The inspection was carried out by one of Her Majesty's Inspectors and two Additional Inspectors.
Description of the school
Summercroft Primary School is larger than average with 456 pupils on roll. It was newly formed in 2006 from established junior and infant schools on the same site. This is its first inspection. A below average number of pupils experience learning difficulties and the proportion entitled to free school meals is very small. The majority of pupils are White British but about a tenth comes from a range of different ethnic backgrounds. The proportion of pupils whose first language is not English is below that found in most schools but rising due to its location. There are currently several pupils at the early stages of language acquisition in English. The school is accredited with Investors in People and Healthy Schools Award.
Overall effectiveness of the school
This is a good school with some outstanding features, a view which its own, slightly cautious evaluation generally supports. However, evidence gained during the inspection makes it clear that the leadership of this newly amalgamated school is outstanding and that the headteacher has quickly established a very positive climate for learning. This is a significant strength and its impact has been considerable. One parent wrote that the school now provides, 'a harmonious atmosphere in which our children can flourish'. These words are echoed by many others and supported by inspectors.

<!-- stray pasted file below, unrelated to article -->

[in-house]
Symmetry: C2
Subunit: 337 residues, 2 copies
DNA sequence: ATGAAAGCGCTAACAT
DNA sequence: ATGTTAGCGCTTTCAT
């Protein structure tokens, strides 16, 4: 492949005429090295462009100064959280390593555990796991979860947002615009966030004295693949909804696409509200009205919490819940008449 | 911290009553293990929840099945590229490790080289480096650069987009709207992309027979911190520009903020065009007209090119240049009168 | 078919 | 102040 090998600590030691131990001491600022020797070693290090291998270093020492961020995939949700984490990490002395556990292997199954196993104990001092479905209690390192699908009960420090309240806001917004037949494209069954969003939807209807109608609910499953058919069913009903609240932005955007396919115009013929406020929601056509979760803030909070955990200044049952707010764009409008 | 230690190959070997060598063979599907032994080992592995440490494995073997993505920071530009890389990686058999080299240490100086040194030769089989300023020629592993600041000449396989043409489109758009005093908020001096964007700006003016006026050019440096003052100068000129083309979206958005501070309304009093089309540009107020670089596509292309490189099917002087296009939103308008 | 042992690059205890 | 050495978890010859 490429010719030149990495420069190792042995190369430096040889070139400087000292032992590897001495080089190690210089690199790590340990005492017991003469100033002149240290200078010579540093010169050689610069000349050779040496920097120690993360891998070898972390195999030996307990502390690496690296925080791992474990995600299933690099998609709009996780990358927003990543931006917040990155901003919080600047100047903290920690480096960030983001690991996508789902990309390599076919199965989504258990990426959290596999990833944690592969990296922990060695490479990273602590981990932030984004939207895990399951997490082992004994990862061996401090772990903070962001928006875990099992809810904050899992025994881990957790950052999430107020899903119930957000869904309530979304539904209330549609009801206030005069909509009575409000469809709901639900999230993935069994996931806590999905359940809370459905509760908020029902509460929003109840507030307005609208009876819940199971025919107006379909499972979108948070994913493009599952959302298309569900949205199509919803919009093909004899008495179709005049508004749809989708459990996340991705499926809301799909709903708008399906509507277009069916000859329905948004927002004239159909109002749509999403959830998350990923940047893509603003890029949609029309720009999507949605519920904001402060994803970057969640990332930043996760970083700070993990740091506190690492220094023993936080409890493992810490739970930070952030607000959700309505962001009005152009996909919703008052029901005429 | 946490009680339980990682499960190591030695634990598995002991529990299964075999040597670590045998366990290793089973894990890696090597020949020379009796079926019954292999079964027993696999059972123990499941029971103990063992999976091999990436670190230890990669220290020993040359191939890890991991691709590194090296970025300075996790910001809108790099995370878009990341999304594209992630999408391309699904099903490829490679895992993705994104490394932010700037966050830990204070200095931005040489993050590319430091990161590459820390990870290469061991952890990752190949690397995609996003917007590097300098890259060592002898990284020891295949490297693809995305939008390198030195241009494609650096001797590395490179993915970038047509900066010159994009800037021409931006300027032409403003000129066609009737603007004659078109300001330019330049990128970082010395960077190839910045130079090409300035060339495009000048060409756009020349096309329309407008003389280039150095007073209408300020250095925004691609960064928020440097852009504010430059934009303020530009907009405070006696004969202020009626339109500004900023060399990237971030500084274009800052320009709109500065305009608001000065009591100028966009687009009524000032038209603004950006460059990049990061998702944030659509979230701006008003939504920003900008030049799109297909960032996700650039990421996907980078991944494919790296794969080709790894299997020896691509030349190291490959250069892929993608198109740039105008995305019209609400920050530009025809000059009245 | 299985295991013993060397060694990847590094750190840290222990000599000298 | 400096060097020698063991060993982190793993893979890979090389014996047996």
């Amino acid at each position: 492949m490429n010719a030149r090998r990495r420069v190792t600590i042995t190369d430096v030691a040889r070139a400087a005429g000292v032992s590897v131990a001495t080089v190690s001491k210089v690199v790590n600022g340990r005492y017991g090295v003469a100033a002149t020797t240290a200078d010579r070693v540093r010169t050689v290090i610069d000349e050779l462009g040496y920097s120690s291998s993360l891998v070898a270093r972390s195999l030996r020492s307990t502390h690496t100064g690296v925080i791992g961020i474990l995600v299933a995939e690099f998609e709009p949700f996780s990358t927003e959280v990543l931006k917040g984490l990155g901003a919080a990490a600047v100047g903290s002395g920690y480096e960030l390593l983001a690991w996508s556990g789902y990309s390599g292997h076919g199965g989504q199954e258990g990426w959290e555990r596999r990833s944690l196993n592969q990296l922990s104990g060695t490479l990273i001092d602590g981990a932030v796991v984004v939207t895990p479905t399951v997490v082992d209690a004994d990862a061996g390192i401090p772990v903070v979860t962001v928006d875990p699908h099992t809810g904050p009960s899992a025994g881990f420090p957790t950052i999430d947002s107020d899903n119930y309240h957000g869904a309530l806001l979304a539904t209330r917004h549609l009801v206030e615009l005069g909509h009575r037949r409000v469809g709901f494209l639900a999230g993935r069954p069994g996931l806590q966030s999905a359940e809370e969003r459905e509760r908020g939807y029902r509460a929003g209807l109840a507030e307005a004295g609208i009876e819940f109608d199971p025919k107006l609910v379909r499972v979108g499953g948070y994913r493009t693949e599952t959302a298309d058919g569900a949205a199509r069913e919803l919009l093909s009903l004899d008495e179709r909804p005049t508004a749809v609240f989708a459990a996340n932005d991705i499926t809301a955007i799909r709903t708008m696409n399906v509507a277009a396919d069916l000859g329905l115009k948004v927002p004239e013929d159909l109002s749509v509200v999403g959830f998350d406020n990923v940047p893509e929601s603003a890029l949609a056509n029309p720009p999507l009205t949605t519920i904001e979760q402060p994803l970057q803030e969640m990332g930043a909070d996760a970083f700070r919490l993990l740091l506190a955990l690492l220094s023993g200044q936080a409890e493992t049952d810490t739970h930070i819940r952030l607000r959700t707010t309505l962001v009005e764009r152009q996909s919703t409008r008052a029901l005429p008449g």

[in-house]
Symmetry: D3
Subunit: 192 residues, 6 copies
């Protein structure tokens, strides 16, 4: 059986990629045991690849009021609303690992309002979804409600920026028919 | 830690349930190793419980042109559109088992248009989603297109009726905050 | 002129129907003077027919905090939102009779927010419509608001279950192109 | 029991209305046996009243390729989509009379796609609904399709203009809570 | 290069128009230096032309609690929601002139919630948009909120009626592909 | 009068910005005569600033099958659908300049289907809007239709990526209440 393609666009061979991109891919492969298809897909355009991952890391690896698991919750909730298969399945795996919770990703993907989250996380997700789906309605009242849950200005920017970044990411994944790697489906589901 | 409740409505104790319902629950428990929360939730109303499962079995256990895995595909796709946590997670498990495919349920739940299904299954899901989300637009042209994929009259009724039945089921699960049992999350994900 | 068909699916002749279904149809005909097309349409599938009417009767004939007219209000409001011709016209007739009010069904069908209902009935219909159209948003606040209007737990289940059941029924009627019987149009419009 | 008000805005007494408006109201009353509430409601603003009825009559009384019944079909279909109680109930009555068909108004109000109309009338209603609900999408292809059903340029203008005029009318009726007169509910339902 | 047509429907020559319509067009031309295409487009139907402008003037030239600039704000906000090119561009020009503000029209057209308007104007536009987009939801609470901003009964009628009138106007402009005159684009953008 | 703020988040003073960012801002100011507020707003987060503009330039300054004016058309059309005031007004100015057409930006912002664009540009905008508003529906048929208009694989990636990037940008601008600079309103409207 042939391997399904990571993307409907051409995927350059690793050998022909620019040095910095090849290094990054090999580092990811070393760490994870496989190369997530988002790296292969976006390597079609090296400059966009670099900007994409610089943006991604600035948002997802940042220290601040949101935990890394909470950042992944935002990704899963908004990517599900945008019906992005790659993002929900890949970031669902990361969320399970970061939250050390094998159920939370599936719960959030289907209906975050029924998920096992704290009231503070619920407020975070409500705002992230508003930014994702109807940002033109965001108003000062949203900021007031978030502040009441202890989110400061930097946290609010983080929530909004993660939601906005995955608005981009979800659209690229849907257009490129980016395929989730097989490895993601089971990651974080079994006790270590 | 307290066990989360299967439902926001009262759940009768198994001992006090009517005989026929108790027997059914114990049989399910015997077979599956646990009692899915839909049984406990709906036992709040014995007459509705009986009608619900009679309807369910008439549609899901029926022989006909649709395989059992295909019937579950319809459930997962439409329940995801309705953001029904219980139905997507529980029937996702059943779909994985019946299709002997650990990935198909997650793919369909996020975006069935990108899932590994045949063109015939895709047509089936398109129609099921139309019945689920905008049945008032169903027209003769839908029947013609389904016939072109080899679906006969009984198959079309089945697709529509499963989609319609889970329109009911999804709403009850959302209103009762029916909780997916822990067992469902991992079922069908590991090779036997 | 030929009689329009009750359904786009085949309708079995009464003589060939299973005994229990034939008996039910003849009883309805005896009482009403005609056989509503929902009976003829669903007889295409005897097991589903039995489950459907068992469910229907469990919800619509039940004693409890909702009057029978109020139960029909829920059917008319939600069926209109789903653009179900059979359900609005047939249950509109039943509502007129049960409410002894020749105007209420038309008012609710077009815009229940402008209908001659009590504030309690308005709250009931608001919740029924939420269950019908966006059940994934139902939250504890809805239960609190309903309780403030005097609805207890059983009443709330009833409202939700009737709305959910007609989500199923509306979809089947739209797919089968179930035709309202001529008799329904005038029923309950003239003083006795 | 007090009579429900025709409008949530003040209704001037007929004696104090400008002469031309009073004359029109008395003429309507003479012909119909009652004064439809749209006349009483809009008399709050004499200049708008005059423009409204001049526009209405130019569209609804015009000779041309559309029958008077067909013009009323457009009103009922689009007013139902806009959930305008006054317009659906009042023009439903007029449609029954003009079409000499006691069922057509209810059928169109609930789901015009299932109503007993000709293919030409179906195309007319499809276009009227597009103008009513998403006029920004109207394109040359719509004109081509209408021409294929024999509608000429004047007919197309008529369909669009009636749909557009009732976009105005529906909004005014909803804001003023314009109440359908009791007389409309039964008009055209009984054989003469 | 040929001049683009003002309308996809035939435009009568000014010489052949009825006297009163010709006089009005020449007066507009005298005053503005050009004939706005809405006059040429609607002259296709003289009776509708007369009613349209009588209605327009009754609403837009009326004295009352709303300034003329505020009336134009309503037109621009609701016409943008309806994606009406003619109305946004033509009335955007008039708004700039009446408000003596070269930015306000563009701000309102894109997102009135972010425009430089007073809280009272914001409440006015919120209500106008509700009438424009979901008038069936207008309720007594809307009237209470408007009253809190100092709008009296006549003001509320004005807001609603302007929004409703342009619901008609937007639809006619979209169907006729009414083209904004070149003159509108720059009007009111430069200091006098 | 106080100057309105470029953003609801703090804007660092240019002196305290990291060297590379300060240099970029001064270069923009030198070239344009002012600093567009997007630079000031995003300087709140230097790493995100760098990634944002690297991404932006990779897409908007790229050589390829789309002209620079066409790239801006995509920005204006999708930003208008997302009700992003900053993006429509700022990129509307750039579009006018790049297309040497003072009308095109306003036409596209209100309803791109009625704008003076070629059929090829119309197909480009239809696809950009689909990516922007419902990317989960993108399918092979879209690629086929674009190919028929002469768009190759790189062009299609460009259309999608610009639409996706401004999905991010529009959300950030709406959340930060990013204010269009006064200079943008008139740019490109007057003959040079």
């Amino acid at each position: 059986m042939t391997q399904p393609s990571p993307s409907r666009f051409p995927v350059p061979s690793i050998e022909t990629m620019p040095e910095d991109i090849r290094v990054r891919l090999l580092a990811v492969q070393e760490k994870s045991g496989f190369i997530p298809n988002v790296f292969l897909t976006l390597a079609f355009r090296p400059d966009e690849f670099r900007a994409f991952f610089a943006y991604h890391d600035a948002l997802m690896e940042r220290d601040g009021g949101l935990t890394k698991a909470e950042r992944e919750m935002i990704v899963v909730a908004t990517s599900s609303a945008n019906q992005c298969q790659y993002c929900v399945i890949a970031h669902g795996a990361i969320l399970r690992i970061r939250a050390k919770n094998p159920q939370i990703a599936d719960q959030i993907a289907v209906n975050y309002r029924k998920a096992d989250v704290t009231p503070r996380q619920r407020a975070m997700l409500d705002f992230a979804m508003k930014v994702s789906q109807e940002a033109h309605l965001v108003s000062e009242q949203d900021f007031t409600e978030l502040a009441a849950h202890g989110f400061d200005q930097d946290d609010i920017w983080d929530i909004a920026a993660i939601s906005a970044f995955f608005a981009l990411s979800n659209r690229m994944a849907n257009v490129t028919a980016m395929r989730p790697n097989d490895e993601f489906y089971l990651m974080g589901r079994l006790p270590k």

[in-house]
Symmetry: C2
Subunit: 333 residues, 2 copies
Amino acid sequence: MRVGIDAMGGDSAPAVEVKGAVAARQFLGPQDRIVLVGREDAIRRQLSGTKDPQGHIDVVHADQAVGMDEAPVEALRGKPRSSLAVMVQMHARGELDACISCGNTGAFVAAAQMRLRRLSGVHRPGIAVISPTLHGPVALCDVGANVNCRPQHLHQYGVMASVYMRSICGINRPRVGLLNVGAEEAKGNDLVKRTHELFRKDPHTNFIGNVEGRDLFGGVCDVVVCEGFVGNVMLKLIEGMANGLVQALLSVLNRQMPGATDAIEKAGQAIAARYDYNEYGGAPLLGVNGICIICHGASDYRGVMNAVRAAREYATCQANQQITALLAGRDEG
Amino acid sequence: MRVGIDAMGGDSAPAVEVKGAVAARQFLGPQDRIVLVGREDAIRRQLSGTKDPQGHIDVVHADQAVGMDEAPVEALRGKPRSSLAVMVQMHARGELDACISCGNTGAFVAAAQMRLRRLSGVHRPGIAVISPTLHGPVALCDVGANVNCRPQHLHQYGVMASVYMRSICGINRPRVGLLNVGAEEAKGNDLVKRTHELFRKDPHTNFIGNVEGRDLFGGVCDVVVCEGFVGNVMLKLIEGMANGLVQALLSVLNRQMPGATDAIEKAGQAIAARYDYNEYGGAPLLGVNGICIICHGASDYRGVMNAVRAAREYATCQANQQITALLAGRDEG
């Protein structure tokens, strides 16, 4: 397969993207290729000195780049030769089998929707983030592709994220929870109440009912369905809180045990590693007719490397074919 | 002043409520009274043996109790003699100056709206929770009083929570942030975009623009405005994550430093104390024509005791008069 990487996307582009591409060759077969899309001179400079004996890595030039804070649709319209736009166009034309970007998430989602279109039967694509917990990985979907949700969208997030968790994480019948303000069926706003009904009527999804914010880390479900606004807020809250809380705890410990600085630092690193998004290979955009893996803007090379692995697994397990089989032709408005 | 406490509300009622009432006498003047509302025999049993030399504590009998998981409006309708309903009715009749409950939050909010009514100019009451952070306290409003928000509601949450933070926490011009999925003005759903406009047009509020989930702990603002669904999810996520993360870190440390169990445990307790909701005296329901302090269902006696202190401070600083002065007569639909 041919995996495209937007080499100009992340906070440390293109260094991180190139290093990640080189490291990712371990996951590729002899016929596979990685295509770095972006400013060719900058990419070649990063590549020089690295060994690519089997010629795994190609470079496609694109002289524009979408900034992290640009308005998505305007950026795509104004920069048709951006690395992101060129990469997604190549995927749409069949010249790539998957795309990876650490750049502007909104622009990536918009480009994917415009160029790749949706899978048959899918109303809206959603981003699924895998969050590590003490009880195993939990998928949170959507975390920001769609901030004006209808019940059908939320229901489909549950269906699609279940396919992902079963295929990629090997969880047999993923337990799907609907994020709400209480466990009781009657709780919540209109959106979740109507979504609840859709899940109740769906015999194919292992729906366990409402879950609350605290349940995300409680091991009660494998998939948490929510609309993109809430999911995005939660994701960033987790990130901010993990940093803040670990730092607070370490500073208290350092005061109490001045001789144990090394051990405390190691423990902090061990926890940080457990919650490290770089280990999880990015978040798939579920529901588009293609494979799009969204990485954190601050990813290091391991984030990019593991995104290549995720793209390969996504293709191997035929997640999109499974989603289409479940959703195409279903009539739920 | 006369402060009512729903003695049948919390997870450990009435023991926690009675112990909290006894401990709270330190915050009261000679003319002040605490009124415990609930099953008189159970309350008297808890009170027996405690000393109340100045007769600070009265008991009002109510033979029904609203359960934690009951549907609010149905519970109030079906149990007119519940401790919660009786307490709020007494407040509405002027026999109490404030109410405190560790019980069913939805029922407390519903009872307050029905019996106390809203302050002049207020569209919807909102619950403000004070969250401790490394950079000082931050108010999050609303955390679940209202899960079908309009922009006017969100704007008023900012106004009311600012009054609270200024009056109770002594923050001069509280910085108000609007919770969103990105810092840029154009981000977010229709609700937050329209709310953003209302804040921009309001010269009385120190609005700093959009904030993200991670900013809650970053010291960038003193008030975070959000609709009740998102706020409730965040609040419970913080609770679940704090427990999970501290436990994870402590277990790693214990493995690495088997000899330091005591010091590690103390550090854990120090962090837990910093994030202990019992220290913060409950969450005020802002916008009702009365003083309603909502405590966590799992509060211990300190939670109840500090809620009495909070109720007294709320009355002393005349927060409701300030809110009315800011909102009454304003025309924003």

Very effective leadership and management have also ensured that pupils' achievement is good in many areas. The pupils' personal development and well-being are outstanding. Relationships are very positive between pupils and adults and pupils themselves. Behaviour is excellent. All pupils love coming to school, speak confidently about all that it offers and strive to do their best. As a result, attendance is good and the vast majority attain standards that are well above average by the time they leave for secondary school.